Zero-day

Windows 11 zero-day vulnerability makes anyone admins

Microsoft's low bounty payout makes security a researcher disclose new vulnerabilities on Windows 11, 10, and Server publicly.

Windows 11 security
  • Security researcher publicly discloses vulnerability on Windows 11.
  • The reason for the disclose was due to frustration with the low payout in the bug bounty program.
  • The vulnerability has been fixed by Microsoft, but the researcher finds a workaround to a more severe security whole.

A security researcher, Abdelhamid Naceri, has publicly disclosed a vulnerability that gives system privileges to an attacker on Windows 11, 10, and Windows Server to run elevated commands from standard privilege level.

Although Microsoft has fixed this problem with the November 2021 update (CVE-2021-41379), the security researcher disclosed the vulnerability after finding a way around the fix to an even more severe unpatched exploit out of frustration with the Microsoft Bug Bounty program. The program allows security researchers and virtually anyone to make money by finding and reporting bugs in the operating system.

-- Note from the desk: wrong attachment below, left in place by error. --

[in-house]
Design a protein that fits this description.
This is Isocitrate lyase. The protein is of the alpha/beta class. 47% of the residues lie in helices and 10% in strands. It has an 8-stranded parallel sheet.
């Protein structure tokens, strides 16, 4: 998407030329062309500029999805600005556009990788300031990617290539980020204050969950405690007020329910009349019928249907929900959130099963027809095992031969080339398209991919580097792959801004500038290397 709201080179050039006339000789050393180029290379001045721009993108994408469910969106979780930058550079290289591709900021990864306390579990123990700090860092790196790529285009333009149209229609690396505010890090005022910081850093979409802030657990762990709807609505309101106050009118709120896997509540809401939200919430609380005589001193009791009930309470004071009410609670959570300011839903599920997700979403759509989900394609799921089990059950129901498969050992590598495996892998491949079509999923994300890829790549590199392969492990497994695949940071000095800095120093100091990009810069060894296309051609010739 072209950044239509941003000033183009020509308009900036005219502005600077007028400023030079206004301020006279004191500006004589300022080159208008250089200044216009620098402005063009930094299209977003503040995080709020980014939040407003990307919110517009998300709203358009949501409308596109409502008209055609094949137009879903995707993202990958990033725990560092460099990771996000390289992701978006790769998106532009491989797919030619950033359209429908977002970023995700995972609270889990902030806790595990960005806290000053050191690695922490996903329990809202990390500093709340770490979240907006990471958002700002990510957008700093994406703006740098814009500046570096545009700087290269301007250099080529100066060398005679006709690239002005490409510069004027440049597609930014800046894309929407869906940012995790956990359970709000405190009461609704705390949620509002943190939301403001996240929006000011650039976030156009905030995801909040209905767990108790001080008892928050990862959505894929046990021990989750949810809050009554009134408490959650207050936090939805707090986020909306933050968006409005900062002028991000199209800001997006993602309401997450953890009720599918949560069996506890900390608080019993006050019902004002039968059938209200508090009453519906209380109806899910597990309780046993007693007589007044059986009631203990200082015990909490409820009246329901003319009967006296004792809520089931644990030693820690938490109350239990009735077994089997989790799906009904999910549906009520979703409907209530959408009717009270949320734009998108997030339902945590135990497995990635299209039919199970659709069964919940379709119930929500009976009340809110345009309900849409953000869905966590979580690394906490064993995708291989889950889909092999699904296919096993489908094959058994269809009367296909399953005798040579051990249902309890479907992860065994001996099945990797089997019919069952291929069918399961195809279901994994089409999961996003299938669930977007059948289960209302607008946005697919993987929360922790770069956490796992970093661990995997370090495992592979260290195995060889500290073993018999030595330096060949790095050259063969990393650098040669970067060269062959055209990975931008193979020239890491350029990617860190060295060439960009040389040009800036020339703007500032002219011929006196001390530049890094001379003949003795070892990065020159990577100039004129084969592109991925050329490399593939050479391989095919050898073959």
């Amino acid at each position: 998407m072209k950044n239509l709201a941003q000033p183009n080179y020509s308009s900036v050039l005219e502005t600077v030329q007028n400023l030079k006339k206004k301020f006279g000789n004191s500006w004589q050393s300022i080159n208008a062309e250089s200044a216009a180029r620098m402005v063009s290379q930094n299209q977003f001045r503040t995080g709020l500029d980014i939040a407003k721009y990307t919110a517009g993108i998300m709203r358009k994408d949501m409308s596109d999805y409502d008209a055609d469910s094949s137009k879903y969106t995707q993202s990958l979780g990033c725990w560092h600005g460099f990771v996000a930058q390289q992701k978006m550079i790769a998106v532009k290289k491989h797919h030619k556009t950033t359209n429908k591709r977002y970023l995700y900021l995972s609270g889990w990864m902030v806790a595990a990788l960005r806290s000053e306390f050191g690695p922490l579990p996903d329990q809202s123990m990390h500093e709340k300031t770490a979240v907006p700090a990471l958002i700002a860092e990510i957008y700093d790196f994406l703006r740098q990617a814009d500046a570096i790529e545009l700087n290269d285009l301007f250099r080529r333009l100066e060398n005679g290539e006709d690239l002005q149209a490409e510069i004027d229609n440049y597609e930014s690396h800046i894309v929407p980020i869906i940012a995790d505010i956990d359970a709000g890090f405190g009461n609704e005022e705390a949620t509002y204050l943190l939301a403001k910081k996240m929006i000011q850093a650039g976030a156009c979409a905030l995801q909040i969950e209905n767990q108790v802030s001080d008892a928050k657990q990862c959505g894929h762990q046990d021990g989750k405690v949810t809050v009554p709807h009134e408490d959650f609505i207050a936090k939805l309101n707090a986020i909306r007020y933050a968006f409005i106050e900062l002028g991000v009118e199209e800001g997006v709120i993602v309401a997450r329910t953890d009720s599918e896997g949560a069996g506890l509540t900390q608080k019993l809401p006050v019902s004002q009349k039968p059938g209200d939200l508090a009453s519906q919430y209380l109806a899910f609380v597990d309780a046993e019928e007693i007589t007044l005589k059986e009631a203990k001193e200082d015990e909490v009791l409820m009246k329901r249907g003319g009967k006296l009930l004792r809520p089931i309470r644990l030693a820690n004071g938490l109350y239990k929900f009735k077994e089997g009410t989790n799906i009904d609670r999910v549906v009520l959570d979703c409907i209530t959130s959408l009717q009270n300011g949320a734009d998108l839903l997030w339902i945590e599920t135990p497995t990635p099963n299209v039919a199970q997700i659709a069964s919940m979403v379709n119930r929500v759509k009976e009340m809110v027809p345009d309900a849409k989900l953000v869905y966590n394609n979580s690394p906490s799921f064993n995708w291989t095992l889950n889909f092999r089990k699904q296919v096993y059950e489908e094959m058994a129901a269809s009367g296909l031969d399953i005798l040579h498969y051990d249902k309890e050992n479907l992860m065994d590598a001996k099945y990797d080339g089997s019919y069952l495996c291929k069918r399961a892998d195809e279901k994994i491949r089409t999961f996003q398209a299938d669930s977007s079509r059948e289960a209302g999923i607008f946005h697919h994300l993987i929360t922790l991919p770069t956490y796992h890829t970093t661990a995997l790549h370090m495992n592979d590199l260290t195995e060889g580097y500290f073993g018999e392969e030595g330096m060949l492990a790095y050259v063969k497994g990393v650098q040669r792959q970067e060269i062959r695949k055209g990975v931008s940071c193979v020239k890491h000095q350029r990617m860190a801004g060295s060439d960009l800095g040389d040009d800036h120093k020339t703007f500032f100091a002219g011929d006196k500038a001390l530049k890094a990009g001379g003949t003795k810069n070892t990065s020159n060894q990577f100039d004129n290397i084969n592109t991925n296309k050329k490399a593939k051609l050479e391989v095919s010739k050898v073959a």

According to Naceri, the software giant used to pay around $10000 for a zero-day exploit. However, since April 2020, the payout has been going down to the point that reporting an exploit today, it’ll now only get you $1000. “Under Microsoft’s new bug bounty program one of my zerodays has gone from being worth $10,000 to $1,000” the tweets from @MalwareTech reads.

“This variant was discovered during the analysis of CVE-2021-41379 patch. The bug was not fixed correctly. However, instead of dropping the bypass. I have chosen to actually drop this variant as it is more powerful than the original one.” Naceri also notes in his write-up on the GitHub page where this person is showing off a working proof-of-concept exploit for the new zero-day.

BleepingComputer, the site that first reported this case, tested the exploit successfully on a Windows 11 machine with the most up-to-date patches available through Windows Update. ‘

While it’s unclear why Microsoft is paying less for bounties, it might have to do that because we have seen more and more bugs over recent years during feature updates and cumulative updates. As a result, the company sees an increase in reports that the established budget won’t cover. Or it might be the case where the software giant wants fewer people trying to break into Windows.